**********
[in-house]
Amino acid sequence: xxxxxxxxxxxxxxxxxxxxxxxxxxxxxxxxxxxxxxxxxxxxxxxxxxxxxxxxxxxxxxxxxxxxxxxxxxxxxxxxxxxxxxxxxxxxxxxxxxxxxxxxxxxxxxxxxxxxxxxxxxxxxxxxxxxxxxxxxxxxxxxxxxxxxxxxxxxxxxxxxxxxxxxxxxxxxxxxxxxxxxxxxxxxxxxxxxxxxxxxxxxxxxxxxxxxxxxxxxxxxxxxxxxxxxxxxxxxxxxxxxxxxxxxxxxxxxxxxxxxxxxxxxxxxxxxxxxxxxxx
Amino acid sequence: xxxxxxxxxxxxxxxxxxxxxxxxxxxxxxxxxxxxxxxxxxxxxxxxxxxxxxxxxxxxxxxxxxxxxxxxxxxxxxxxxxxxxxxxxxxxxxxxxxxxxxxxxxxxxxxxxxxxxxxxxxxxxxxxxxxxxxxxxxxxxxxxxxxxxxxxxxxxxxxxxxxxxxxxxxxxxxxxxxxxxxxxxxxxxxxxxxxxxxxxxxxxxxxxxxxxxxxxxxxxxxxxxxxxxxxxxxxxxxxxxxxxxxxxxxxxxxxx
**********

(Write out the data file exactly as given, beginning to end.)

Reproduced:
[in-house]
Amino acid sequence: xxxxxxxxxxxxxxxxxxxxxxxxxxxxxxxxxxxxxxxxxxxxxxxxxxxxxxxxxxxxxxxxxxxxxxxxxxxxxxxxxxxxxxxxxxxxxxxxxxxxxxxxxxxxxxxxxxxxxxxxxxxxxxxxxxxxxxxxxxxxxxxxxxxxxxxxxxxxxxxxxxxxxxxxxxxxxxxxxxxxxxxxxxxxxxxxxxxxxxxxxxxxxxxxxxxxxxxxxxxxxxxxxxxxxxxxxxxxxxxxxxxxxxxxxxxxxxxxxxxxxxxxxxxxxxxxxxxxxxxx
Amino acid sequence: xxxxxxxxxxxxxxxxxxxxxxxxxxxxxxxxxxxxxxxxxxxxxxxxxxxxxxxxxxxxxxxxxxxxxxxxxxxxxxxxxxxxxxxxxxxxxxxxxxxxxxxxxxxxxxxxxxxxxxxxxxxxxxxxxxxxxxxxxxxxxxxxxxxxxxxxxxxxxxxxxxxxxxxxxxxxxxxxxxxxxxxxxxxxxxxxxxxxxxxxxxxxxxxxxxxxxxxxxxxxxxxxxxxxxxxxxxxxxxxxxxxxxxxxxxxxxxxx